President Trump, encouraged by research suggesting that sunlight can kill the coronavirus, excitedly speculated last night that perhaps a new cure could be found by somehow bringing sunlight into the body of an infected patient. The possibility of a breakthrough cure excited him enough that he proposed another method, injecting disinfectant into the lungs somehow.
Trump’s defenders, straining to locate a justification, have seized on the response that Trump was not actually urging his audience to try out his notions in their homes. “Trump used the word ‘inject,’ but what he meant was using a process — which he left ‘medical doctors’ to define — in which patients’ lungs might be cleared of the virus, given new knowledge about its response to light and other factors,” insists Breitbart’s Joel Pollak. “Apparently there is no accusation too crazy for Trump’s critics to believe.” On the right, the controversy has become more evidence of liberal bias.
But it was not just the elite liberal media that worried some people would misunderstand Trump’s advice. The makers of Lysol, a product which is not known to be an organ of the left, were forced to rush out a public statement instructing consumers not to inject its products into their bodies.
It is true that Trump did not mean to steer his audience to try home remedies. But what he meant to do was, in some ways, equally stupid. He was brainstorming cutting-edge cures off the top of his head, in full view of television cameras. Leaping from the discovery that sunlight can kill the virus to suggesting, hey, maybe we can discover a cure that brings sunlight into the body is literally the response a young child would have. A person with any intelligence would understand that science is complicated. A layman is not going to just dream up a solution while standing at the lectern of the White House press room for a problem that the world’s leading medical researchers are already studying intently.
Pinned down on-camera, his science adviser Deborah Birx gamely agreed to test Trump’s ideas, though the well-honed façade of respect she has maintained throughout her constant patronizing of the president finally began to show small cracks:
If Trump’s presidency has demonstrated any scientific principle, it is the Dunning-Kruger effect, which describes how people who have a low ability to perform a task tend to overestimate their own ability to do it — or, to oversimplify it, they are too incompetent to recognize their own incompetence. “Maybe you can, maybe you can’t,” Trump allowed. “I’m not a doctor. But I’m like a person that has a good you know what,” tapping his head to indicate his gigantic brain.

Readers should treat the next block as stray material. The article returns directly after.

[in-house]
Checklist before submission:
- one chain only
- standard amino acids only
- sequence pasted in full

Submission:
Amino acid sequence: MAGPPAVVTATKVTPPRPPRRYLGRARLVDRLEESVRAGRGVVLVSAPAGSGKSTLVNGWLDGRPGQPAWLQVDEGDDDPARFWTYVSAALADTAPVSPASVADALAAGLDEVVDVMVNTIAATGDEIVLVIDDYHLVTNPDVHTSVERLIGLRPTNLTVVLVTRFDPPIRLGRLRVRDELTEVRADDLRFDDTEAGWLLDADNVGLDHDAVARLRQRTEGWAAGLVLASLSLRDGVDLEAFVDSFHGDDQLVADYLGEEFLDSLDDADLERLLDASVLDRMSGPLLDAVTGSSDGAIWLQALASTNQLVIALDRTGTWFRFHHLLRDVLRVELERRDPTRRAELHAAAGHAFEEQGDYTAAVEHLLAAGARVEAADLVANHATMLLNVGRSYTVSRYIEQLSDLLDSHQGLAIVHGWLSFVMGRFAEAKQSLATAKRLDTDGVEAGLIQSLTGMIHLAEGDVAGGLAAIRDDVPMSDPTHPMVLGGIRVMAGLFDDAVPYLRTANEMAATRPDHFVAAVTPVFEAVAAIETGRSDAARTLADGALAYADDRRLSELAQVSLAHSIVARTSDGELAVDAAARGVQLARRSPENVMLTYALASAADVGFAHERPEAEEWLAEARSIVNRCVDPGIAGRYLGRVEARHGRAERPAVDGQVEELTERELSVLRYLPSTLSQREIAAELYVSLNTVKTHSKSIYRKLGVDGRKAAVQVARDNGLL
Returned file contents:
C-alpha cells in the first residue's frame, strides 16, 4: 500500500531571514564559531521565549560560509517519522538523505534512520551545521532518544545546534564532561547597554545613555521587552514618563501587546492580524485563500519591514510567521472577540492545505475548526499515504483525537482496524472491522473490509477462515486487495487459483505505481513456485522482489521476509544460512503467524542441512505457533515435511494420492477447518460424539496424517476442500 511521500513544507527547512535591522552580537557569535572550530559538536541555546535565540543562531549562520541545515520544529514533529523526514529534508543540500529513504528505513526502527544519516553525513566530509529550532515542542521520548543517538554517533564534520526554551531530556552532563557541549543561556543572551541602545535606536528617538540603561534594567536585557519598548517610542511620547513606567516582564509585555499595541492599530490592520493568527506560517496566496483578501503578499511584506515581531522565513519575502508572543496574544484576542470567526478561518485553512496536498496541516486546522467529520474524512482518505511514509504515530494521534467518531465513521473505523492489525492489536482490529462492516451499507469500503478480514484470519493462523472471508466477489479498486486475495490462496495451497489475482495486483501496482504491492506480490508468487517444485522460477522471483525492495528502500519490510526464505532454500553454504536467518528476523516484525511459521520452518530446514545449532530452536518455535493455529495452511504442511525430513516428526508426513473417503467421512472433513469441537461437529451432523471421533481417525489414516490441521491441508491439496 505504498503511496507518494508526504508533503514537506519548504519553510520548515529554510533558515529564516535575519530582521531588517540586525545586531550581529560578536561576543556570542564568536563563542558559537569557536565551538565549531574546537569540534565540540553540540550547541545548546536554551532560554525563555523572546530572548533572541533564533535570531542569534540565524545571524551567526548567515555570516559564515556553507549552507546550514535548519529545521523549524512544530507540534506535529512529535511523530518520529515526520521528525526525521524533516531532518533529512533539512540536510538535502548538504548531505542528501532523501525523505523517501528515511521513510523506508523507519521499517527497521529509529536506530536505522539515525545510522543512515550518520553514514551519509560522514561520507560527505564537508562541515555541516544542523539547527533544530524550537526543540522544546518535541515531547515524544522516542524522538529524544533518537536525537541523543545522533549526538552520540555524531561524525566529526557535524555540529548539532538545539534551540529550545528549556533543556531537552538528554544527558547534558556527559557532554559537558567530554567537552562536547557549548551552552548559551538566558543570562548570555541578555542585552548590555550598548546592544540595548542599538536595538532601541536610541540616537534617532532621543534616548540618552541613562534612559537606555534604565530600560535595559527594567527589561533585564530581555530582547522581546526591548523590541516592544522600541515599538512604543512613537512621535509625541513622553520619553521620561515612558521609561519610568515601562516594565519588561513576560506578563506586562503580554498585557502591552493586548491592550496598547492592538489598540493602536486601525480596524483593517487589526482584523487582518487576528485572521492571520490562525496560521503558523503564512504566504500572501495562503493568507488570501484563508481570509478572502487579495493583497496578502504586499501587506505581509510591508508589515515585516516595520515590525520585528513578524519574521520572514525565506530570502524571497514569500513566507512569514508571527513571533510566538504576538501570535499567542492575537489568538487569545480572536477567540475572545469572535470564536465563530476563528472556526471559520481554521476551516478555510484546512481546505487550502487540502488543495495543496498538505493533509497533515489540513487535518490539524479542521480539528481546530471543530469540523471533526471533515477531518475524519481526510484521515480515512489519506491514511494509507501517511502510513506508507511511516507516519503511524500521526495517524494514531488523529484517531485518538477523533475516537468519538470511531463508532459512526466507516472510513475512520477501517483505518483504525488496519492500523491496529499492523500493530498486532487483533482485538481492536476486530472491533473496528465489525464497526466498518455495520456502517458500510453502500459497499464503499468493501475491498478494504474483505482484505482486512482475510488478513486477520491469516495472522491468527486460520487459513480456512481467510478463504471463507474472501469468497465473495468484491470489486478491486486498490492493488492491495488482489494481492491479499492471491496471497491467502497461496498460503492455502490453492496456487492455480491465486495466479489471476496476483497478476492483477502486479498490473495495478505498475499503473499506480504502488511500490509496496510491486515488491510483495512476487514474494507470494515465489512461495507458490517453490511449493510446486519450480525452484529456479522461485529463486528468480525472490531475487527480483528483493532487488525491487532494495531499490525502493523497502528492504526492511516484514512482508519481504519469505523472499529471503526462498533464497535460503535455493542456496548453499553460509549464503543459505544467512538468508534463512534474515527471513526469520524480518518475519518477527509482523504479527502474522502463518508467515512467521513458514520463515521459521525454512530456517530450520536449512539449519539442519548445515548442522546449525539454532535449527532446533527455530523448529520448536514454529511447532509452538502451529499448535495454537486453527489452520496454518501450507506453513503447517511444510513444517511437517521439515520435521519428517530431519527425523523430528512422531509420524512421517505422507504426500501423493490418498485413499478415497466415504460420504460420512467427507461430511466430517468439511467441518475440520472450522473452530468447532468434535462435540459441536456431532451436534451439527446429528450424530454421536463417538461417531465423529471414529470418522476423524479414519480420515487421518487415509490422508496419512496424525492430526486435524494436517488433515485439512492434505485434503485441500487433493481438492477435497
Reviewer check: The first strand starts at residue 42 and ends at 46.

Trump’s belief that his genius allows him to identify cures for the coronavirus is one of the ways he has hampered the government response. He spends his hours binge-watching cable news and talking on the phone with friends who often pump him full of quack ideas. The people Trump trusts most share his attraction to magical thinking and inability to grasp even the most basic scientific principles.
Last night, Trump confidante Rudy Giuliani appeared on one of Trump’s favorite shows to mock the idea of contact tracing:
Contact tracing is a vital and proven component of the public-health response to pandemics. The reason it’s necessary is to identify people who have been exposed to a contagious illness, and isolate them so they can’t spread it. Giuliani and Fox News host Laura Ingraham are unable to understand why it would be employed for a contagious virus but not for noncontagious diseases like cancer, heart disease, and obesity. “A lot of things kill you more than COVID-19,” Giuliani sneered. “So we should be traced for all those things.”
Giuliani is one of the advisers who persuaded Trump that hydroxychloroquine is a miracle drug. Trump’s fixation, at minimum, diverted the government’s attention by forcing officials to research and even deploy unproven medicine simply because Trump liked it. Katherine Eban has obtained internal emails from officials at multiple federal departments scrambling to distribute a treatment that actual medical experts did not believe to be either effective or safe. “Really want to flood Ny and NJ with treatment courses,” instructed one missive from the White House.
Dr. Rick Bright, the government’s top vaccine expert, says he was let go from his position because he resisted the demands of Trump loyalists to subvert the scientific method and favor remedies, including hydroxychloroquine, proposed by the president and his friends. Trump’s defenders are questioning Bright’s allegations, but a version of the exact dynamic he describes — Trump instructing his science advisers to test his own pet ideas — literally took place on national television last night.
“How obeisant and dumb do some people think Trump voters are?” complains Mark Hemingway. Well, they are supporting a president who invents childish ideas and instructs experts to look into them, and who takes scientific advice from people who cannot understand the difference between contagious and noncontagious diseases, and they see these things happen in front of their own eyes. The problem isn’t the (hopefully) tiny number of Americans who will misunderstand Trump’s clumsy musings and ingest something harmful. It’s that a public-health effort is being led by an ignorant crank who thinks he’s a genius.